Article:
People love to hate the subway. I get it. The stations can be dirty, the trains are often delayed, it’s a shared mode where fellow riders don’t always smell amazing… I get the hate, but I love the subway.
New York City’s greatest resource is its people, many of whom are strivers working to be among the best at whatever they do. Without them, the city that never sleeps wouldn’t be the city that so many other cities aspire to be. The circulatory system that gets most of these people around is, of course, the subway.
Nowhere else than the subway can you observe the perfect cross-section of who New York is. On one end of a train car, you might observe a man in a suit who looks like a lawyer, reading The Wall Street Journal on his phone. On the other end, a couple of drag queens on their way to a club or city kids with a boom box doing a little dance show with the poles. In between, you’ll have an elderly woman with her collapsible shopping cart full of groceries, an older gentleman in tweed reading The New Yorker, a couple of high school kids with a basket ball, a young woman quietly reading a book, a group of singers with an acoustic guitarist, the occasional homeless person… People from a spectrum of different backgrounds, stories and colors, speaking in different languages and accents. Depending on your luck, a subway ride can offer the best (and cheapest) show in town.
Another thing I love about the train is that I get to let go of any control when I otherwise tend to O.C.D. over every other aspect of the day. I’m not in charge when I ride the subway. I don’t have to drive; I don’t have to worry about traffic or pay attention to other cars or traffic signs. And let’s be clear: not having to drive or worry about traffic, for this New Yorker anyway, is a luxury. I can let go, relax (for the most part) and read something, listen to music or a podcast, answer texts or emails (or not). Barring train delays, it’s generally a pretty worry-free experience.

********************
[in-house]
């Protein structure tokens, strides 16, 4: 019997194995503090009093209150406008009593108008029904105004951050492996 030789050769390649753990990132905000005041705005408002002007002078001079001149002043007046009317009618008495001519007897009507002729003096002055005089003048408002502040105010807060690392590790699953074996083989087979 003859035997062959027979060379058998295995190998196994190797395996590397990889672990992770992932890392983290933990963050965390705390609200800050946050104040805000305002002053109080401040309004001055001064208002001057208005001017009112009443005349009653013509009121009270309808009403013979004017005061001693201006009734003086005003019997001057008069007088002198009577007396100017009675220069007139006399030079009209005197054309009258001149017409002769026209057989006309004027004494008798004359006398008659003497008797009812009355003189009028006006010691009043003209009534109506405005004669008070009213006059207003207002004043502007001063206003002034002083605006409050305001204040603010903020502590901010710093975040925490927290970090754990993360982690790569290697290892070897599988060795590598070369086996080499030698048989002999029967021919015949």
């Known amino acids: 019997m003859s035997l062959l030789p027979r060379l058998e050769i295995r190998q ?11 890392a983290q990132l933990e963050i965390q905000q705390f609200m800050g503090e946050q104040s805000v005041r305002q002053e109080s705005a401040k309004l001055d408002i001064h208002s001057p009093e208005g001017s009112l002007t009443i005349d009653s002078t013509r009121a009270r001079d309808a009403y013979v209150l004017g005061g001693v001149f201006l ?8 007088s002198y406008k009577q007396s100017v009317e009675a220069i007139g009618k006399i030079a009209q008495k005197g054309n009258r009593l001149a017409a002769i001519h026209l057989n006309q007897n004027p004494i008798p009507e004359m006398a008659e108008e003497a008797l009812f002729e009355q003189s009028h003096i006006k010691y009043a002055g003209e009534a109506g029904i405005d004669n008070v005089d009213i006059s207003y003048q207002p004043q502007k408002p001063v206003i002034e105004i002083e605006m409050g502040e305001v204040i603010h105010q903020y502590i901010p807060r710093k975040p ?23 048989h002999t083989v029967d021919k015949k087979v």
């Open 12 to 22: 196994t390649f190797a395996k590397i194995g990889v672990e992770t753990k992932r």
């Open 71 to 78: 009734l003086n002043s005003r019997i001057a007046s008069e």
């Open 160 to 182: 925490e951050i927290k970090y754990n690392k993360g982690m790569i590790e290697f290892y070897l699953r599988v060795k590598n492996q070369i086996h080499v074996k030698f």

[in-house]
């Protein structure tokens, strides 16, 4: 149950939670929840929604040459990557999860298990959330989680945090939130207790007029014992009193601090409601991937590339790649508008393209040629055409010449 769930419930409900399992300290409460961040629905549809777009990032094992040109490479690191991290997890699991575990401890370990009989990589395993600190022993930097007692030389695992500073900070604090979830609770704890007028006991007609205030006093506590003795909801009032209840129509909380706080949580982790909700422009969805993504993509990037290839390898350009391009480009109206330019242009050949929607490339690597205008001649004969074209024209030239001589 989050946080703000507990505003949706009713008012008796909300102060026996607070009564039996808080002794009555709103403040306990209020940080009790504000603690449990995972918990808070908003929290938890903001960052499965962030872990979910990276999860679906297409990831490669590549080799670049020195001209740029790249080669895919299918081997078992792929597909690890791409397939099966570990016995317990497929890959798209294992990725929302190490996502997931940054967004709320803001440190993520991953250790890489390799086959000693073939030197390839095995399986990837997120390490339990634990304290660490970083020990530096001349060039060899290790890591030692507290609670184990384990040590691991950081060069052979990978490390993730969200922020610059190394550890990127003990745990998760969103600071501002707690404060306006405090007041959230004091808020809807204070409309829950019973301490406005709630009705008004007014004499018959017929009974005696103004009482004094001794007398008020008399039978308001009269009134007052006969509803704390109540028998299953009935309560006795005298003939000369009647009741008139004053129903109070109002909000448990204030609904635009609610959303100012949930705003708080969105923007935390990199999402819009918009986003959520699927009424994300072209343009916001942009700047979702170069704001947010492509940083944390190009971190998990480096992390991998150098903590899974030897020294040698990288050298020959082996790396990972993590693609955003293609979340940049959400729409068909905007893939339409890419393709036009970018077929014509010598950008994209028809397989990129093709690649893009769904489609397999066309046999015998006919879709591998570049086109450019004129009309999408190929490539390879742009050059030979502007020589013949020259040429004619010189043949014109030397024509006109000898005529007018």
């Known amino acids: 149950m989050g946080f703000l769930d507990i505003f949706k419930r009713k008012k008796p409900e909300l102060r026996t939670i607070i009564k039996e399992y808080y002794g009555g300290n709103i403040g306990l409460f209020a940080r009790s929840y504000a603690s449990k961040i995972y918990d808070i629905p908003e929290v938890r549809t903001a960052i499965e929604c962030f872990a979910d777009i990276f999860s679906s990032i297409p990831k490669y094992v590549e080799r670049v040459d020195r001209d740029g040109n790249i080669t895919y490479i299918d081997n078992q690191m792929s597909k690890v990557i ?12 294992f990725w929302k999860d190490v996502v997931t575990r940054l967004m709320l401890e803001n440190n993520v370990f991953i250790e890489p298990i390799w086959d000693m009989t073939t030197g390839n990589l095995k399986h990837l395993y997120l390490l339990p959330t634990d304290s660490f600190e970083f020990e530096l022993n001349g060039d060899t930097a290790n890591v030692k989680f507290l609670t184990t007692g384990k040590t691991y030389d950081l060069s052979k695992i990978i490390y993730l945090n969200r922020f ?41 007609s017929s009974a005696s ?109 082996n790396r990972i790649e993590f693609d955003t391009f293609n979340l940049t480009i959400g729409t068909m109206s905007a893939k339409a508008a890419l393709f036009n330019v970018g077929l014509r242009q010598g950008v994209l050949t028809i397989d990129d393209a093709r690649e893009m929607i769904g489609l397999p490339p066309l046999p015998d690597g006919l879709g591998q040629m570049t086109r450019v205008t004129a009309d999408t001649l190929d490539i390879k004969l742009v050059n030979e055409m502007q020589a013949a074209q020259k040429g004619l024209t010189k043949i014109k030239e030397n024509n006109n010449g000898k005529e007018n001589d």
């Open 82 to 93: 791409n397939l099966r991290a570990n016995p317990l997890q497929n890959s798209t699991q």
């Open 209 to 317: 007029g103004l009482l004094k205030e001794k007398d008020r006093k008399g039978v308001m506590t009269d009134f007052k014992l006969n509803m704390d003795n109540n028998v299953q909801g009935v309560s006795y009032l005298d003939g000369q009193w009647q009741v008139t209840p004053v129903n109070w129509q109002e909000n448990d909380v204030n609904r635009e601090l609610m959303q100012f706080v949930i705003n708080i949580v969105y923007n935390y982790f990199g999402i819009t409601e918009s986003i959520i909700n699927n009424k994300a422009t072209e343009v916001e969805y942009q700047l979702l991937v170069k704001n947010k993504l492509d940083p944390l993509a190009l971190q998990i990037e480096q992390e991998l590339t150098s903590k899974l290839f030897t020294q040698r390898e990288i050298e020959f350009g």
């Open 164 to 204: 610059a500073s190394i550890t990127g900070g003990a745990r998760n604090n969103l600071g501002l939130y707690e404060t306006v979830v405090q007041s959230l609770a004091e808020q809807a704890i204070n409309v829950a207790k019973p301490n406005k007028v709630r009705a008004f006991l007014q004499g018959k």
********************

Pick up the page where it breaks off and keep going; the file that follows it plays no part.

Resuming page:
About those train delays… Ask any New Yorker their biggest gripe about the subway, and most of them will put delays or service interruptions at the top of the list. In its nearly 120 years in operation, the MTA (Metropolitan Transportation Authority) still can’t seem to figure out how to make trains run consistently on time. In Hong Kong, with a population nearly as big as New York City, the trains run pretty close to on-time all the time. In his riveting piece about New York’s subway in The New York Times Magazine in 2018, Jonathan Mahler noted:
The public-private corporation that runs Hong Kong’s subway expects 99.9 percent of its trains to run on time, and they do. (If you are traveling to the airport, you can also check your luggage at a central downtown train station and not see it again until you’ve landed at your destination. Imagine!)
It’s a shame we can’t get that to happen here.
And let’s not forget the environmental benefits of taking the subway. The train is electric. No fossil fuels. And every subway rider is one less person in a car, which is not just good for emissions reduction but also good for the reduction of car traffic in the city. Win-win!
So, yes, she has her problems. But I have always had a soft spot for this busted train system that is so quintessentially New York. When you move here, one presumes that you wanna be a part of it. When you ride the subway, you’re a part of it, as opposed to being in a car, where you’re more insulated and isolated from it. And I love being a part of it.
Featured image credit: Ryan Herron / Getty Images
This little blog runs on elbow grease, midnight oil and the occasional bad idea. Access is totally free. Any help you can give so I can continue to produce content and keep the lights on would be immensely appreciated.